Relax. Step back. Try to divine the true nature of the problem. The object is not to count neighbors and check cell states as quickly as possible; that’s just one possible implementation. The object is to determine when a cell’s state must be changed and to change it appropriately, and that’s what we need to do as quickly as possible.
— M. Abrash, Graphics Programmer’s Black Book, p. 339

It’s quite interesting to read the rest of the explanation so I won’t reproduce it here. We’re going to copy his result, though, and use part of each byte in our cell array to include the neighbour count.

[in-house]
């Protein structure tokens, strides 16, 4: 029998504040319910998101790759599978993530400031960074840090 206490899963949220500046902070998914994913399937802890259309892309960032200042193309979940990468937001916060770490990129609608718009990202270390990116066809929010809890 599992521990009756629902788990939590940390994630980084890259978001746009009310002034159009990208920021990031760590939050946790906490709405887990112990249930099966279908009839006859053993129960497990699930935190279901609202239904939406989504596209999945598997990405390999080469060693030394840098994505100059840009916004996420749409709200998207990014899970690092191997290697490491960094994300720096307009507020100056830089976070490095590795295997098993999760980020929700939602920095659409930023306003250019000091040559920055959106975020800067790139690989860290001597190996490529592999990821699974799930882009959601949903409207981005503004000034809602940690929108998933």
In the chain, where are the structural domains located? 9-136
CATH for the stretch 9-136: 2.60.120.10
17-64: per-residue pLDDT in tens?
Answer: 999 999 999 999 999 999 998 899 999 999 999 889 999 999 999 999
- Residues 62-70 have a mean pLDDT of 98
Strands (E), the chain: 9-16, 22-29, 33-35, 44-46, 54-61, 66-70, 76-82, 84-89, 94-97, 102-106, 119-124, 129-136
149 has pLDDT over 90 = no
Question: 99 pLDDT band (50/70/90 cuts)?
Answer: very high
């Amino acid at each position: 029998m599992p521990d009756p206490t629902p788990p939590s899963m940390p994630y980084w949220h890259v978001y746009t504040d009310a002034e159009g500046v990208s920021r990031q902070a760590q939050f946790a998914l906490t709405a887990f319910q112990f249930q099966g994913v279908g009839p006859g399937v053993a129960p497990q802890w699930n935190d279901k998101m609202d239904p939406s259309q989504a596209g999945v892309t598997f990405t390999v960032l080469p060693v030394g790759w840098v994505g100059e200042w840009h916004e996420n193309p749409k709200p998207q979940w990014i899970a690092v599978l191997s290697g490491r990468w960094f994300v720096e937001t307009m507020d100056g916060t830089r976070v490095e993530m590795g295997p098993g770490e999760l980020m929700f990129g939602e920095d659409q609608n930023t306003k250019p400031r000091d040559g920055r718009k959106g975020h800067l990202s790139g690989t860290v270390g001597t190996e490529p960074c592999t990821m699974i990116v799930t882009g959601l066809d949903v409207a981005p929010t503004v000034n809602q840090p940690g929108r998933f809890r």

One interesting point to note is that in his version of ClearCell, to clear the lowest bit he uses

cells[cellIndex] &= ~0x01;

but this won’t work in C#. Instead you need to do this

cells[cellIndex] &= 0xFE;

Apart from that, the rest of the algorithm moves over easily.


After we’re finished, there’s not really any non-WPF code worth optimizing further. (The only one that appears in the “Functions Doing Most Individual Work” list is CellMap.NextGeneration() at 2%)

I’m also going to take this opportunity to do a bit of refactoring before moving on (e.g. moving the initialization code into CellMap itself).

(Code so far)